Just a few years ago I was mourning the loss of the printed word in our media-hungry and web-hungry society. Even people I really respect, although most of them much younger than I, were starting to show cavalier disregard for the English language. I’d grimace while reading something that mistook then for than, or they’re for their, or misspelled lots of simple words. The response would be rolled eyes, like…
why do you care? You can read it. You can see what it says.
It makes me feel like the archetypical grumpy old man.
Meanwhile, television news has taken over from print news. Newspapers are dying. And books? Doomed. I picked this up in a 2007 New Yorker piece called Twilight of Books:
In 1982, 56.9 per cent of Americans had read a work of creative literature in the previous twelve months. The proportion fell to fifty-four per cent in 1992, and to 46.7 per cent in 2002. Last month, the N.E.A. released a follow-up report, “To Read or Not to Read,” which showed correlations between the decline of reading and social phenomena as diverse as income disparity, exercise, and voting. In his introduction, the N.E.A. chairman, Dana Gioia, wrote, “Poor reading skills correlate heavily with lack of employment, lower wages, and fewer opportunities for advancement.”
But then — about 2007 for me, late, I know, compared to the web literate elites — I caught on to blogs. And discovered where writing had gone to; and where people cared about writing. Writing and reading are alive and well, it turns out, but they’ve migrated to some extent. The Huffington Post, the world’s leading blog, gets something upwards of 20 million unique visitors per month. Blog after blog is about writing: writing well, writing better. I just looked: more than 10,000 hits on Google for the search term “writing blog headlines.” And I keep stumbling on blogs that are exhilaratingly well written. Look at Ann Handley’s Annarchy, for example (for a good sample, read Refugee at Home). Or Penelope Trunk’s Brazen Careerist (sample this post for good writing, but you should know first that, like a lot of good writing, it’s dark.). And I read business and entrepreneurship blogs that are not just good content, but extremely well written. Seth Godin delivers a short beautifully written post almost every day.
Lately there’s twitter, limiting the writing to 140 characters, putting a whole new twist on writing. There’s so many examples of good writing in 140 characters that it’s like searching for needles in a pile of needles. Do this twitter search for haiku to see what I mean. And then I just browsed the tweets of the people above, and came up with this one, by Penelope Trunk. I didn’t have to search for a good one, this was simply her latest as I wrote this post:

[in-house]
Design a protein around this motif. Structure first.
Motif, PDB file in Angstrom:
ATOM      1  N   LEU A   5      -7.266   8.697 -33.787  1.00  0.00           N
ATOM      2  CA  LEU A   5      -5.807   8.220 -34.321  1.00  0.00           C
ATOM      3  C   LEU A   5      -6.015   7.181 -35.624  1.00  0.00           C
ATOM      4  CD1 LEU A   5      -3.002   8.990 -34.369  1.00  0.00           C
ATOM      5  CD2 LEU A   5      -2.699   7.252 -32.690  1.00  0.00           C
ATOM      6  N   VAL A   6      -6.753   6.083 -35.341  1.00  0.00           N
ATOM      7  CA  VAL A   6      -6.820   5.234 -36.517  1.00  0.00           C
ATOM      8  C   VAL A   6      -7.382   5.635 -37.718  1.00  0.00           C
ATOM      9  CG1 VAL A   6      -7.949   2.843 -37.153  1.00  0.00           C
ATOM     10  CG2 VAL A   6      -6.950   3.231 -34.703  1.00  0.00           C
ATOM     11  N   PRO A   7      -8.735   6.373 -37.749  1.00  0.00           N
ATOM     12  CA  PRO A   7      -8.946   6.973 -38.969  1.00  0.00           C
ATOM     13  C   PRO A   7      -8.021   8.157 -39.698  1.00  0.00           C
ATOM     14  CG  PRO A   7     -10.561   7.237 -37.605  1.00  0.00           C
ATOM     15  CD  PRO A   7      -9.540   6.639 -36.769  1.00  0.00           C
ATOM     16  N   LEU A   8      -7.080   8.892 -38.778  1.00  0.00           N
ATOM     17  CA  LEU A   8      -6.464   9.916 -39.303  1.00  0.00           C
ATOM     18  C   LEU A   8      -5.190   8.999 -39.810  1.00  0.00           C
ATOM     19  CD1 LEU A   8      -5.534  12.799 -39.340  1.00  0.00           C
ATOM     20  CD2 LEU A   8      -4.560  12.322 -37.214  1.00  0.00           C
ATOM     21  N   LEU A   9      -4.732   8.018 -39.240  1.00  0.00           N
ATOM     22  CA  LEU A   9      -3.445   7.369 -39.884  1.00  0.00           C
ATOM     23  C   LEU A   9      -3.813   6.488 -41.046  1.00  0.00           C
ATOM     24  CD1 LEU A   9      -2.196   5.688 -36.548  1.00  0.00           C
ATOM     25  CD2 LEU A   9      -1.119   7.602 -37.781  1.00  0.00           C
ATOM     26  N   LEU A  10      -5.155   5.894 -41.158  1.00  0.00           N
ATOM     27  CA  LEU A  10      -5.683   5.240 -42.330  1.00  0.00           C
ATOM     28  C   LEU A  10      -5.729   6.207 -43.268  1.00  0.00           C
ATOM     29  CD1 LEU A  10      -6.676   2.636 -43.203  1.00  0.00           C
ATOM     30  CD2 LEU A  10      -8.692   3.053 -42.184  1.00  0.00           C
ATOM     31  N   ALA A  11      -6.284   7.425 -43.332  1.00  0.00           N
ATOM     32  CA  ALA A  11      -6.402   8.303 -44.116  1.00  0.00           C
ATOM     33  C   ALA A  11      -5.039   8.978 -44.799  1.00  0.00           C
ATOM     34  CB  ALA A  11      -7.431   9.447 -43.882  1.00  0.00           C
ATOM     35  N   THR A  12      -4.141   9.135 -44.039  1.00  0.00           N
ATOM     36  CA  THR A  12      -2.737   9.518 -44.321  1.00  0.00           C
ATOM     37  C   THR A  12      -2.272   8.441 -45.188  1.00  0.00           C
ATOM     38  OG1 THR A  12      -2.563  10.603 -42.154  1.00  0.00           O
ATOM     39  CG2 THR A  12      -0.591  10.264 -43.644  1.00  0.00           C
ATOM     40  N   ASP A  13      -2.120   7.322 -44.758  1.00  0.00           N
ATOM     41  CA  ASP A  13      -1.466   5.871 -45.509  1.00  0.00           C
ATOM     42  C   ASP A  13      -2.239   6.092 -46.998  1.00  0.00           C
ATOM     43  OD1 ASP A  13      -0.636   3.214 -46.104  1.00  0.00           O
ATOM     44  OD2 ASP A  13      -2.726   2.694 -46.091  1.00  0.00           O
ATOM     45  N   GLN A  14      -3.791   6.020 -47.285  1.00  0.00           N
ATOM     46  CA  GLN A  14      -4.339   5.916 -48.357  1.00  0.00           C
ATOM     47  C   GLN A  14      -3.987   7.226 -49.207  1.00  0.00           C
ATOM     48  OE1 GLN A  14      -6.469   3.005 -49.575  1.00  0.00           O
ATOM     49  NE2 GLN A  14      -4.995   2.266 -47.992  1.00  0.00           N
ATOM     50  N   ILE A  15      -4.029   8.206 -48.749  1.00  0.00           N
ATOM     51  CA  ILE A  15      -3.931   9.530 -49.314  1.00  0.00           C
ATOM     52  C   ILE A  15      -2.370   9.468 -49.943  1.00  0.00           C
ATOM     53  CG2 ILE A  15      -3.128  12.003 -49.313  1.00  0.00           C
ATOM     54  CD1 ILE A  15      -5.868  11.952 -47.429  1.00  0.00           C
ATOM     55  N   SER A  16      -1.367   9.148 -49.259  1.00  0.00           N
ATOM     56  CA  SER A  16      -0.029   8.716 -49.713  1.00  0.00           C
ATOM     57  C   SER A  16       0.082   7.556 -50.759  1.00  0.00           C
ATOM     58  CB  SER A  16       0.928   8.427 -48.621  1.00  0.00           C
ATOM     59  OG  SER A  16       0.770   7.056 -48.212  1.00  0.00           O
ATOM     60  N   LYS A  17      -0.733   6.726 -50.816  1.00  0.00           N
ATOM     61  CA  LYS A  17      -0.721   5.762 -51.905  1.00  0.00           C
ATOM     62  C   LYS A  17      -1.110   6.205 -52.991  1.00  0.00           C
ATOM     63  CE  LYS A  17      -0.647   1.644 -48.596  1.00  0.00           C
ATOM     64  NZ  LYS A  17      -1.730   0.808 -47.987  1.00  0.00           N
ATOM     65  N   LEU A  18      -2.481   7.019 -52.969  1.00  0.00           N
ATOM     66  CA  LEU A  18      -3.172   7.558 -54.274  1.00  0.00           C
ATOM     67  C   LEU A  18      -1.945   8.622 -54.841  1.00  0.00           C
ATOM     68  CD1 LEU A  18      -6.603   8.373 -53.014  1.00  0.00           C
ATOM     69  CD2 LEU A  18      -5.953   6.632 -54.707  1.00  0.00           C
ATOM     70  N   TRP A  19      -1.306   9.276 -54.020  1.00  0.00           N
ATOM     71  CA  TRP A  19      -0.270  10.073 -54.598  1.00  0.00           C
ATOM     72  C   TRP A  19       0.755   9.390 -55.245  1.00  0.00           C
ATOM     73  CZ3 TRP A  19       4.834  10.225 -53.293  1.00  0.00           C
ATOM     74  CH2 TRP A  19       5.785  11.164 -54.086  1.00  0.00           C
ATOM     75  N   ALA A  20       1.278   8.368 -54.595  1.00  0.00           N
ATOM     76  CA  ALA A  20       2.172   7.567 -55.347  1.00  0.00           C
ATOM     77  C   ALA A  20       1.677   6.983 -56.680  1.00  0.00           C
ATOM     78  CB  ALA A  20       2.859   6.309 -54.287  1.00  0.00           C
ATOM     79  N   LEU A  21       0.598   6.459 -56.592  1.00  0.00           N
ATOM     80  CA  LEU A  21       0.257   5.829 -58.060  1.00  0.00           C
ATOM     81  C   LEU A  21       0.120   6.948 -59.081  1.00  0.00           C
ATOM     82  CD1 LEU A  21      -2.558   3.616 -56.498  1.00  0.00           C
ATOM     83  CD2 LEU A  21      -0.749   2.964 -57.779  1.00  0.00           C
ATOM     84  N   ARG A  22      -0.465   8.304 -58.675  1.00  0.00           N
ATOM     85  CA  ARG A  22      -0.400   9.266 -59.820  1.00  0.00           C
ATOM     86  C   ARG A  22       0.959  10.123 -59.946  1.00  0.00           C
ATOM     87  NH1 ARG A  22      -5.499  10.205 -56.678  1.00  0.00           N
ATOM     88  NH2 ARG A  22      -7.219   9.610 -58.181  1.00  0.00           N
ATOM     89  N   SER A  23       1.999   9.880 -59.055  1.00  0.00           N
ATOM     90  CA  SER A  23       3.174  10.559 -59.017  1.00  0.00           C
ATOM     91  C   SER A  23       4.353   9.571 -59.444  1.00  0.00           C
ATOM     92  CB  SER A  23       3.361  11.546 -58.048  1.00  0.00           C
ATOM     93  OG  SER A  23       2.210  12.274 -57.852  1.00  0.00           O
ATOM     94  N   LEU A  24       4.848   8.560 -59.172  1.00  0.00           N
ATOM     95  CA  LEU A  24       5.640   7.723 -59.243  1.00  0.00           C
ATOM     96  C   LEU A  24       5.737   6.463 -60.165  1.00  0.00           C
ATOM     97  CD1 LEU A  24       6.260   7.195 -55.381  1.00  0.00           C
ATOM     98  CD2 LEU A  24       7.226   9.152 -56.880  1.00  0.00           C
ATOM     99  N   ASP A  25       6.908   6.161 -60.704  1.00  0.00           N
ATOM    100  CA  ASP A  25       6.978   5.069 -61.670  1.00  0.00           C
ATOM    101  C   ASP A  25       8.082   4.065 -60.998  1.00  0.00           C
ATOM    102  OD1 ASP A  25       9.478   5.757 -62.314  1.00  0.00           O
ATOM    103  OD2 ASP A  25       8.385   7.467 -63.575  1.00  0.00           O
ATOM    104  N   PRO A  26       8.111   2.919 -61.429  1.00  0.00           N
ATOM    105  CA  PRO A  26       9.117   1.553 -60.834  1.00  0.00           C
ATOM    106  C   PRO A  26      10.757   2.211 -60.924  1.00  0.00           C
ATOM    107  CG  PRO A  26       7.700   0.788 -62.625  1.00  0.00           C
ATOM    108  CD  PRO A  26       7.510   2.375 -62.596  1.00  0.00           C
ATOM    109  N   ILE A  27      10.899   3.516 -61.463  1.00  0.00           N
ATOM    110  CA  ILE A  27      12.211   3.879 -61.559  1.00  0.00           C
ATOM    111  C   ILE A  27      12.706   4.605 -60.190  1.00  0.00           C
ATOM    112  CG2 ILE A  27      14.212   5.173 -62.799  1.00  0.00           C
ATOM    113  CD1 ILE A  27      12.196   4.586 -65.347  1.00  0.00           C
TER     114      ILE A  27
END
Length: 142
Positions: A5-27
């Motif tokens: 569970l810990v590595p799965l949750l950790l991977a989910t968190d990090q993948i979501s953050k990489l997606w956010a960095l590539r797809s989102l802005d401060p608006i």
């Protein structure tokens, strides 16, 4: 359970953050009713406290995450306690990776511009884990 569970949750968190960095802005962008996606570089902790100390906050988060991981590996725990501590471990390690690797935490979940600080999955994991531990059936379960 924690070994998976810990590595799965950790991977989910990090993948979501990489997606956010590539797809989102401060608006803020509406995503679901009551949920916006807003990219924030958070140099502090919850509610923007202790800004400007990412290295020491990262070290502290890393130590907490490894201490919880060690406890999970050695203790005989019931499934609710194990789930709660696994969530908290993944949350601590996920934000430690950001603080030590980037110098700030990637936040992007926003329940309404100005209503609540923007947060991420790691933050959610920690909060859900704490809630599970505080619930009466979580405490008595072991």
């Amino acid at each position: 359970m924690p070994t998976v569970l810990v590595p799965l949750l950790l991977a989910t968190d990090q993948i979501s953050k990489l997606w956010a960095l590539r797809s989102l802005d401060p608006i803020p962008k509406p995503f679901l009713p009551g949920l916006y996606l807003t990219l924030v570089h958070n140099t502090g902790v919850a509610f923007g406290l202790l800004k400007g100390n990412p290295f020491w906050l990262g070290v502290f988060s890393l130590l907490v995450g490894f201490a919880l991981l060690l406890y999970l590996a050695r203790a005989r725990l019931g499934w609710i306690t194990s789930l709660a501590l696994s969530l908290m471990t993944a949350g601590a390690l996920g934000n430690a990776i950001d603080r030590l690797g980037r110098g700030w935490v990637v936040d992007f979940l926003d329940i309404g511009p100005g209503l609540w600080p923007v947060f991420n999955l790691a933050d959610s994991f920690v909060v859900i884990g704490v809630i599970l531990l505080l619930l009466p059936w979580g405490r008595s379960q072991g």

I forget to tell the waiter to hold the bacon bits. Then I go wild: I decide a Jewish woman who dates a pig farmer can take a taste of pork.
That’s good writing. And there’s so much of it out there. I’m feeling way better about the future or writing after all.
(Photo credit: Maria Skaldina/Shutterstock)
4 thoughts on “Maybe Writing Isn’t So Obsolete After All”
I think it is interesting that very short format communications are widely being referred to as writing. Text messaging, wall updates on Facebook and Tweeting are now the preferred form of communication with friends, family and colleagues.
Where was this when I was in college? I wish I could’ve tweeted my senior research paper.
The challenge that I have found with the RSS feed for life is that we always feel rushed. Rushed to send more messages, respond to more emails and get more done in a day. But are we more productive? With so much fun that can be had online why spend 8 hours working.
I was talking with a colleague last night and they said “I don’t get twitter”. Why do people use it and what’s the big deal?” My response, “it’s a way of sending text messages to your friends at work without picking up your mobile phone”. Whether or not Twitter gets the spam under control is an entirely different topic…
As someone who grew up in the technology age witnessing the introduction of laptops, mobile phones and the power of the internet I have learned to accept that things will change and I can resist or adapt, although I’d be lying if I didn’t say I’d like to adapt at a more reasonable pace.
Among the plethora of digital advancements — as well as social media developments — springing up each day like woodland mushrooms in springtime, I have observed a common theme: all-out, no holds barred urgency.
The movers of prominent social media sites like Twitter undoubtedly achieved this, but while I don’t have any qualms about not spelling words entirely just to convey a message, I would prefer a good old pen and paper (what I call the original computer) when I plan to do some serious writing.
I feel the same changes around me. The quality and form of text part is becoming more and more crucial. Nicely done Tim!
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